(Note for Any Offended Science Geeks Reading This:  I am fully aware that the lock and key analogy is an oversimplification of this process and I've taken organic chemistry too before (besides--I taught the dang subject!) but for the sake of the sanity of the majority of my wonderful readers I won't even go there and if you have an issue with that you're more than welcome to shove it).  

Ahem.  Moving on...

And the last thing to note (before we return to the topic at hand, saving the bunny rabbits) is that your body makes use of tons of different types of antibodies (we call them "classes," like your old fourth grade gym class only that's not what we mean at all).  These different classes of antibodies travel through your blood during different stages of your body's fight against whatever antigen it has deemed pathological, just like the coach on a soccer team may pull players and replace them during different stages of a game.

So when someone gets sick, their body puts up a fight similar to a soccer match where there are different tactics used to ensure successful winning.  Even one particular class of antibodies may have several sub-classes to it, and that's just the miracle of how God's creation rolls.  

For example, let's say a little bunny rabbit was going to be immunized for x pathogen (fancy for DANGEROUS JUNK).  Scientists will inject the bunny with the yucky pathogen in hopes that it will produce an immune response to the ugly bug, and they can then isolate the bunny's antibodies.  They then package these antibodies (called "antibiotics") and sell it to lazy humans like ourselves who would rather take medicine every time we get sick instead of fighting the good fight (hellooo, Z-Pack).  

The bunny's little body will first spit out some antibodies called IgM, which only last for like a week.  By a week's time, the bunny's wee body will be capable of producing more and more of a different class of antibodies, called IgG, which is the most predominant and heavily studied class known to exist.  The IgG's can last for like three weeks--way long enough for the bunny to develop a sense of "immunity" for whatever yucky pathogen we injected it with.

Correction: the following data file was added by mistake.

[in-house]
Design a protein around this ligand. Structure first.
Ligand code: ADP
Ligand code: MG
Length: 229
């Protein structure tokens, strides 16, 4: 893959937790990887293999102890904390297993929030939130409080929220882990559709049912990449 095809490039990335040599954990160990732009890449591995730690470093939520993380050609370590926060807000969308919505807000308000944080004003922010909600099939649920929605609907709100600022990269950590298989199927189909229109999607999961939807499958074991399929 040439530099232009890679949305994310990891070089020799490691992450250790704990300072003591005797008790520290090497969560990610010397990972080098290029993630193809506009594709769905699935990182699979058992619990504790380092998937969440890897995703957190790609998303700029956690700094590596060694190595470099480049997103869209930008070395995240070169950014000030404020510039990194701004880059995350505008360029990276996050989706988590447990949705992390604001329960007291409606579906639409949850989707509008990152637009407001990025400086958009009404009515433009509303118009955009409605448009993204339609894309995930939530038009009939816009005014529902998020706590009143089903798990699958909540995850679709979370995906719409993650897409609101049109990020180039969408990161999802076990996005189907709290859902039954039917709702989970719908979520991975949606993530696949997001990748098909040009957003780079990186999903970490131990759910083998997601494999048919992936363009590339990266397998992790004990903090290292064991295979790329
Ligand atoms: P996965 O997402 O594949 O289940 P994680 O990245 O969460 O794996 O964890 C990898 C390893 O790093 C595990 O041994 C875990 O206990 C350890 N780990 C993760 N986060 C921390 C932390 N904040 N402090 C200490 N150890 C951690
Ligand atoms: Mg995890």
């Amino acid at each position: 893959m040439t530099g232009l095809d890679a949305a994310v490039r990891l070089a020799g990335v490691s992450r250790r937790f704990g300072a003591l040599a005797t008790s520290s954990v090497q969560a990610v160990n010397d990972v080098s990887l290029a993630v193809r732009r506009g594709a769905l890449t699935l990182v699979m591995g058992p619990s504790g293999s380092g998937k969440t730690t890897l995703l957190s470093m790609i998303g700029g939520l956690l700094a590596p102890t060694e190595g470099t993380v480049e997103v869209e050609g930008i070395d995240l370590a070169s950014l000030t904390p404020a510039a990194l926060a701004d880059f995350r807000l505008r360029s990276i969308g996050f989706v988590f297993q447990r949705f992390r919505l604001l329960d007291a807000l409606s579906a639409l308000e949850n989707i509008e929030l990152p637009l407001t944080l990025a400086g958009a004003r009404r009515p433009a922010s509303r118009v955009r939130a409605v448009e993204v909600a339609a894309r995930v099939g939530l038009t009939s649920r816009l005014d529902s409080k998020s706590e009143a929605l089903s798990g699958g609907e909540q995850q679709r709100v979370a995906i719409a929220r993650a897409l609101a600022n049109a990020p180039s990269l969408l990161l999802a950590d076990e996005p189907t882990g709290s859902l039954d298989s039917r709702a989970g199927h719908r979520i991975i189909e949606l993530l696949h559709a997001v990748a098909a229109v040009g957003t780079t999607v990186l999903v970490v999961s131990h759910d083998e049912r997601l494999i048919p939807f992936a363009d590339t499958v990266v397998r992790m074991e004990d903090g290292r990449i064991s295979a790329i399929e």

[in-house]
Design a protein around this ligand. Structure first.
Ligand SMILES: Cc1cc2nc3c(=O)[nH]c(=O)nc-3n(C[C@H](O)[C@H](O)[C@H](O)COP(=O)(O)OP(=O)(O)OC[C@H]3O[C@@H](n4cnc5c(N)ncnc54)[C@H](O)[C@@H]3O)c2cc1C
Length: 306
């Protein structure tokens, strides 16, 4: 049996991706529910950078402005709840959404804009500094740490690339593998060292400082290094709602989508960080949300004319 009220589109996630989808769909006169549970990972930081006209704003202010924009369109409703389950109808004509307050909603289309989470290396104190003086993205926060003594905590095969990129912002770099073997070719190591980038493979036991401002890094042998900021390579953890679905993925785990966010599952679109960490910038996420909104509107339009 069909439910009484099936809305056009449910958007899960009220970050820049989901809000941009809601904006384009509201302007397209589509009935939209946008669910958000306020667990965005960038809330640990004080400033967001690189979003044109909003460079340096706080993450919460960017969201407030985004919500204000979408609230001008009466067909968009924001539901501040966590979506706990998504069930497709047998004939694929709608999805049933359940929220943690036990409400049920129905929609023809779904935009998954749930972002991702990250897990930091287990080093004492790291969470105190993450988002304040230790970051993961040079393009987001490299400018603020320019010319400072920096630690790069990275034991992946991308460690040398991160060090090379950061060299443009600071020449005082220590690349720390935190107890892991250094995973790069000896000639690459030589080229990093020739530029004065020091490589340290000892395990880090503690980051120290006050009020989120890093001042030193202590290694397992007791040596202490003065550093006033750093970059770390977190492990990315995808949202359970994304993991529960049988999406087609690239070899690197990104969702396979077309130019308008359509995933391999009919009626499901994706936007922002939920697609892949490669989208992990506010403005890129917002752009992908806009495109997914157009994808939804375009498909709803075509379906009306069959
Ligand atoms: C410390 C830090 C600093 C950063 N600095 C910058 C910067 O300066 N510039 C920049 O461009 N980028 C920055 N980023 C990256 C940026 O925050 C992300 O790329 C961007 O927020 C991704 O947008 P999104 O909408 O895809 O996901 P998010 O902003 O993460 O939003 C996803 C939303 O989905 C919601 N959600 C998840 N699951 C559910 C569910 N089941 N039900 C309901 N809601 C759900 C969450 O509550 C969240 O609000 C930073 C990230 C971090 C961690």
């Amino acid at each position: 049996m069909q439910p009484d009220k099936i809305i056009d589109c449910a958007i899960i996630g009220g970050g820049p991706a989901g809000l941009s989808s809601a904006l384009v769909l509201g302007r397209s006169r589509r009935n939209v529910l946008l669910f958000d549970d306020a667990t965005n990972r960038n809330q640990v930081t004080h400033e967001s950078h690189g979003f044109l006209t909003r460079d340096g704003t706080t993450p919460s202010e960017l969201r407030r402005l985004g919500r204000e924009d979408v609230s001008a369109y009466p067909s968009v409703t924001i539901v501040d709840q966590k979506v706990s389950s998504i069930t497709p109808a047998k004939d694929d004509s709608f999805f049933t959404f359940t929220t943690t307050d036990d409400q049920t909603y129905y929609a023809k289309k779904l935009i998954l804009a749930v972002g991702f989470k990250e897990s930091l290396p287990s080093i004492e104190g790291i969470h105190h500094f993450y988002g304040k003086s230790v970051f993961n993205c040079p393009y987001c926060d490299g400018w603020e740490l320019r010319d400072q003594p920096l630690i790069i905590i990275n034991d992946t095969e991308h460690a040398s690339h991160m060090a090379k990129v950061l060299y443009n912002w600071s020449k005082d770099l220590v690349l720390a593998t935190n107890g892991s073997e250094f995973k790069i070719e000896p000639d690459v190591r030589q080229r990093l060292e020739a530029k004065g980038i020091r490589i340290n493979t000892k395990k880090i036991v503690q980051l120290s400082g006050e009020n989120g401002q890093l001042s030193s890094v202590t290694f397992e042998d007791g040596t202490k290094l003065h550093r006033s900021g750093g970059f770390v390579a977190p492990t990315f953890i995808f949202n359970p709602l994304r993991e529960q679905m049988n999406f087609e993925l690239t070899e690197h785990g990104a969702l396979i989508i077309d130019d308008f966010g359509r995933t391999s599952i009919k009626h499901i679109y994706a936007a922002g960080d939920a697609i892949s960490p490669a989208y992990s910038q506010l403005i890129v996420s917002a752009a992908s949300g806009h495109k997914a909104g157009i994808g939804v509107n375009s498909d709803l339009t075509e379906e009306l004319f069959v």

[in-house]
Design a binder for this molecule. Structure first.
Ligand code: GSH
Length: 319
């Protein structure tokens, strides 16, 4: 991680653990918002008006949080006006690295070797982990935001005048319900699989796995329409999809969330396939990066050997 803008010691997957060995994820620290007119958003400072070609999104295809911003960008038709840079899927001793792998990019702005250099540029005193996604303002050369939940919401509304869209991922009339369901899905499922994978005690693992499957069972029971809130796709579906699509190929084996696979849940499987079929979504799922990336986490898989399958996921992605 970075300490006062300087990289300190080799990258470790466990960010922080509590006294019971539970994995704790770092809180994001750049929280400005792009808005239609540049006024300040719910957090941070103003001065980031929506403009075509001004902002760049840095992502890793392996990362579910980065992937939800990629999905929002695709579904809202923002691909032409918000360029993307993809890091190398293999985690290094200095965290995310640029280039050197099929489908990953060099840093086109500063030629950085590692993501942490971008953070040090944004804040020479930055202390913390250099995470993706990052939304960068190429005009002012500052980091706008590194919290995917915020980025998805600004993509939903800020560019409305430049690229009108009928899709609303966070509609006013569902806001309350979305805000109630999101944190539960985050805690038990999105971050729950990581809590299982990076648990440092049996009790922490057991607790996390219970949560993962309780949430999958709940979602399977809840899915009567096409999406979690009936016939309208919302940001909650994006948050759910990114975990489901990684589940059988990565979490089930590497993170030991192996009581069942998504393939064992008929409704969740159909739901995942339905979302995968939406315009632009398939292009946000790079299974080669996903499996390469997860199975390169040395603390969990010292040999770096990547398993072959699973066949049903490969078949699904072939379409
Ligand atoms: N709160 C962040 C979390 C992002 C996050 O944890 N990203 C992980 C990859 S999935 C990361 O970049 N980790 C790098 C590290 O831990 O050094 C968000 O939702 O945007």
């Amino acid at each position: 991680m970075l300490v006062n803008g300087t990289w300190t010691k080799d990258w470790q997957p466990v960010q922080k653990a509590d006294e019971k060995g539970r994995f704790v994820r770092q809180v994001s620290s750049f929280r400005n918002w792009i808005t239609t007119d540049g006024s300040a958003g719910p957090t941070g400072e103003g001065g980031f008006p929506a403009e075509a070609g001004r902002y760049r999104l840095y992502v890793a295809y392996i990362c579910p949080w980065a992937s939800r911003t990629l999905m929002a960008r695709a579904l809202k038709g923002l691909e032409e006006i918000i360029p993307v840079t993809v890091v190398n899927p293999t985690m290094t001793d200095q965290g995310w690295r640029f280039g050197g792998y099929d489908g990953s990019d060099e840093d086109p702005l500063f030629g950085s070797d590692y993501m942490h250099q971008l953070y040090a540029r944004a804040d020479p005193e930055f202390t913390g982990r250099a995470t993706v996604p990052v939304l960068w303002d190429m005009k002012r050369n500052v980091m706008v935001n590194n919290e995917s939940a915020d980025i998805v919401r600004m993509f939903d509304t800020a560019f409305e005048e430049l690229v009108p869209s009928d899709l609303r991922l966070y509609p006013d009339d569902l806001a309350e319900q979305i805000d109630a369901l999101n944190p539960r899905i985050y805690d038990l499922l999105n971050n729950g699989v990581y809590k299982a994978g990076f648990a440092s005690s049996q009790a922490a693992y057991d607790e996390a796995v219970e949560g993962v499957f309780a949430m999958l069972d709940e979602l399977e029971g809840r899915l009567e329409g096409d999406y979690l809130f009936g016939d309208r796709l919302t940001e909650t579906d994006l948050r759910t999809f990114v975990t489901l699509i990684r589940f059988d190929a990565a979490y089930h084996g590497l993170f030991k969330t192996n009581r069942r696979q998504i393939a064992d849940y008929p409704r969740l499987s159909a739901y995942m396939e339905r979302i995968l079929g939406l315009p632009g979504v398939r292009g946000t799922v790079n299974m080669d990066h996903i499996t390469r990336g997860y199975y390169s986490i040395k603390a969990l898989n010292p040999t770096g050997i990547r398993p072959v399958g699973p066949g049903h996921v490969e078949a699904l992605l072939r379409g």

But that's not what the pharmaceutical companies want.  A strong, healthy, immune little bunny rabbit means no more IgM's, which is (partially) what they want to package and sell.  

Now, don't get me wrong--they could just collect the first batch of IgM's from the bunny rabbit and then congratulate him on feeling better and set the little guy free to complete his life out of a cage, but that would cost them money.  And they're in the business of penny-pinching, you see.

So let's say that the goal of a company is to figure out a way to maximize their collection of IgM's.  What they do then is continually inject the poor animal with more pathogens every few days so that every week its immune system is kicking into over-drive and producing IgM's, without the opportunity to make the natural transition into the IgG production-phase, if you will.  That's like playing a soccer game perpetually in the first ten minutes with absolutely no half-time.  It's just a matter of time before the players collapse, which is EXACTLY what happens to said little bunny rabbits.

They collapse.  As in, dead.  Or, so as not to offend any sensitivities, they are "sacrificed," as medical textbooks prefer to say (note to English gurus: I am aware that medical textbooks have no ability to "prefer" one thing over another but just roll with me here please).